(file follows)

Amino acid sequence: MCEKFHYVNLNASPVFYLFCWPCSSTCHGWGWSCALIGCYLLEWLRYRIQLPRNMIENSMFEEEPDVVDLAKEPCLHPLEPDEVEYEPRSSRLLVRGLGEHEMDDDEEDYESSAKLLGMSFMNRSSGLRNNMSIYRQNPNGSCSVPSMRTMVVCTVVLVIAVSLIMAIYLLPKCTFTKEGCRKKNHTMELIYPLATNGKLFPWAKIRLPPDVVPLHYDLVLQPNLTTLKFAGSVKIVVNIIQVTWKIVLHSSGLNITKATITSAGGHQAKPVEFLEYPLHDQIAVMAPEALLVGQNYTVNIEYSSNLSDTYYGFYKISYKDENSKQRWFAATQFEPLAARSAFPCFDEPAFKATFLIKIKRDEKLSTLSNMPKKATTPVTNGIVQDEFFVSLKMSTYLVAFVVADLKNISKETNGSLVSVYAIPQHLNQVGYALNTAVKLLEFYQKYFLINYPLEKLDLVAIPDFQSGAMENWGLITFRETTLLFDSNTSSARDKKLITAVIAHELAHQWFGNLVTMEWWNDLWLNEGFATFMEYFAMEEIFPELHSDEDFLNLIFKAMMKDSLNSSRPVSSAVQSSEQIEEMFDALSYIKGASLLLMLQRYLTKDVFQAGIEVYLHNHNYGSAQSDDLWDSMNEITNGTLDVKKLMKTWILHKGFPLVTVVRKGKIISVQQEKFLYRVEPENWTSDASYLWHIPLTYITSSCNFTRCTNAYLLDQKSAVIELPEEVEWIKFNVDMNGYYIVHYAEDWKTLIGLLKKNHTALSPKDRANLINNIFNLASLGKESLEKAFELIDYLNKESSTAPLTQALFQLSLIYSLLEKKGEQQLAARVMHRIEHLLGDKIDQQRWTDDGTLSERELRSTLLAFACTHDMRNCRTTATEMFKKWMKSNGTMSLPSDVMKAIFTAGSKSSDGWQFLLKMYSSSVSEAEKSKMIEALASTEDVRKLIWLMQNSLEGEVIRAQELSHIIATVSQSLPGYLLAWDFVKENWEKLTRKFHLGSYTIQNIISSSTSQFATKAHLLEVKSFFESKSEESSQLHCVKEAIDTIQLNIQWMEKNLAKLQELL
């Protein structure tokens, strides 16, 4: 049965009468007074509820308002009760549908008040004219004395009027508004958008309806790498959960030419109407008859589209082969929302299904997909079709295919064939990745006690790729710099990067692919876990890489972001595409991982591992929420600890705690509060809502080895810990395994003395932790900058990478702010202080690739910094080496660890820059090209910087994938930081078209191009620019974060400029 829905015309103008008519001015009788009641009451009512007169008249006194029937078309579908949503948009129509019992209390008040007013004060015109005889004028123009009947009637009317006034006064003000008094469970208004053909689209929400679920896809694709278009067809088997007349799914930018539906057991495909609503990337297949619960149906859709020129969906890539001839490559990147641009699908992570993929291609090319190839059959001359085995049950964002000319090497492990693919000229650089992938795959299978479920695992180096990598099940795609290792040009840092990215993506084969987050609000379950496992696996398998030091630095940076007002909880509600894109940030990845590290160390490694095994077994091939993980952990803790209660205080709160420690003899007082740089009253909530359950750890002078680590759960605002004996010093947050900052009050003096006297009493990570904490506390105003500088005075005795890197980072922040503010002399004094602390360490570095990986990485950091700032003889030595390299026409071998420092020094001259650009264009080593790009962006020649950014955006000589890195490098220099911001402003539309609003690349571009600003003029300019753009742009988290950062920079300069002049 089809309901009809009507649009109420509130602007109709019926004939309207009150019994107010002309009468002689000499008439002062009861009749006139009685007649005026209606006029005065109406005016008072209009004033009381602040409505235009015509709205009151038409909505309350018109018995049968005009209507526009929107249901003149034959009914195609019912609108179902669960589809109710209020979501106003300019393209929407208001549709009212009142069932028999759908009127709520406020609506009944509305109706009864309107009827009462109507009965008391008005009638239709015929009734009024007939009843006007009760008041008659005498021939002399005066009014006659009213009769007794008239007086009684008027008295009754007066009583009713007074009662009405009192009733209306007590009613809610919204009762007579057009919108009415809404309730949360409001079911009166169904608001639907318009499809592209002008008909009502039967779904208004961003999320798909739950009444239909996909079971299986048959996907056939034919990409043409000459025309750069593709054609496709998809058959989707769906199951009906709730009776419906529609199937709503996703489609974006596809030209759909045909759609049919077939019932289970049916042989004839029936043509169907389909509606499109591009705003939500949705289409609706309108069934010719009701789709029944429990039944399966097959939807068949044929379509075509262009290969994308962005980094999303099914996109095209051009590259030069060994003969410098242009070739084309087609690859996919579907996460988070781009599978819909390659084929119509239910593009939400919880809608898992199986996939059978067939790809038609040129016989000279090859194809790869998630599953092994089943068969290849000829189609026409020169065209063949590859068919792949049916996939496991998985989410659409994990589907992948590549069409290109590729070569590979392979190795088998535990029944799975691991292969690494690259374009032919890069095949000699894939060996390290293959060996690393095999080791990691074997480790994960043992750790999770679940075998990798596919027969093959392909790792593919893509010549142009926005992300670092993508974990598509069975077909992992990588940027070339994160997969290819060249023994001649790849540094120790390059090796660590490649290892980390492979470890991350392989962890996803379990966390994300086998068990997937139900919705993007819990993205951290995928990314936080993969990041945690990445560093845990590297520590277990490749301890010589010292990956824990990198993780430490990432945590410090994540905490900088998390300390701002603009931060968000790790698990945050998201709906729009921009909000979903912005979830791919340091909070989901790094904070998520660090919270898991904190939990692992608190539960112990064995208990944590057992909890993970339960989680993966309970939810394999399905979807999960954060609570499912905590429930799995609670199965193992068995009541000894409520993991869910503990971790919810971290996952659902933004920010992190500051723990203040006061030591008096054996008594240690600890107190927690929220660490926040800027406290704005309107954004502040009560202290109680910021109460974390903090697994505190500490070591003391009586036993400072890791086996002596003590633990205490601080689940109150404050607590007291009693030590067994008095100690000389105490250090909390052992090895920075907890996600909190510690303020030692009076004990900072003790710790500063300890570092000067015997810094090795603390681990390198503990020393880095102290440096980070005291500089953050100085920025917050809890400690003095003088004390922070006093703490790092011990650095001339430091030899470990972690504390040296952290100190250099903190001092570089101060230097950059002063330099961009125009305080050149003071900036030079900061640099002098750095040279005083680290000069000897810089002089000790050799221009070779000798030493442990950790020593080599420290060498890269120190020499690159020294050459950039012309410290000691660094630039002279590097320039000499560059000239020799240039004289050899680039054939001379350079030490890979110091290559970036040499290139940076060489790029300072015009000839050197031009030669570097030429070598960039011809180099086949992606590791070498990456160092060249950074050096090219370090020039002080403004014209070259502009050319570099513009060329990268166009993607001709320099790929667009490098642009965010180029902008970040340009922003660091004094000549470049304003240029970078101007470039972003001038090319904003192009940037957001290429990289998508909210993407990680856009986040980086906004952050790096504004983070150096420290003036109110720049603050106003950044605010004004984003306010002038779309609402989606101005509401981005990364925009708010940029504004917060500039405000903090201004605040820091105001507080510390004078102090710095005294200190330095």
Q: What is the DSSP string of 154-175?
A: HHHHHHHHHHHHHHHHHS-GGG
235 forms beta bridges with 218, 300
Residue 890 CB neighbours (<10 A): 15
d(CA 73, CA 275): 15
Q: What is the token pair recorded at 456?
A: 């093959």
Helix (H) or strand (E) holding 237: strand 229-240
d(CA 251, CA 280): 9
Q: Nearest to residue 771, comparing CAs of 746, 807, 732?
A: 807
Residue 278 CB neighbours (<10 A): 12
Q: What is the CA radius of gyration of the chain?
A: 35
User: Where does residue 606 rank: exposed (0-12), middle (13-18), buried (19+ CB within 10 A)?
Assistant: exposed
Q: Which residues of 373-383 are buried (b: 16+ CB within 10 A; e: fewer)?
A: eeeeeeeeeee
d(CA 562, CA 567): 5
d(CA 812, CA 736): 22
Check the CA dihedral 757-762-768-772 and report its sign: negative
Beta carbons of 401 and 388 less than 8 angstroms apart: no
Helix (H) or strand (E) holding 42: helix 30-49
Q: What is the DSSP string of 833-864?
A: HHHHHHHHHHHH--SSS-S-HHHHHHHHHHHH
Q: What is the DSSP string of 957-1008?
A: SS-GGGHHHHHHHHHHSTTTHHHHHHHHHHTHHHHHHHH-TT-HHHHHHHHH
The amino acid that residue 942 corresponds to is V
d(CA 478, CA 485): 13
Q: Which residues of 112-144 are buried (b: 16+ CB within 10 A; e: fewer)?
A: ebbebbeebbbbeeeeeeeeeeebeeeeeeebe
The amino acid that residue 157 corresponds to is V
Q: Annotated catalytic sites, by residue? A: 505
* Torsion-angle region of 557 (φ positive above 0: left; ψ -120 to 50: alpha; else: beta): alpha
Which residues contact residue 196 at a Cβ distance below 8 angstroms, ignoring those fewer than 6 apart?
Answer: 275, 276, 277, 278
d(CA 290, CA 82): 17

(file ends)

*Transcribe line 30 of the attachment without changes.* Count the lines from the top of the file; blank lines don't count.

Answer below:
The amino acid that residue 942 corresponds to is V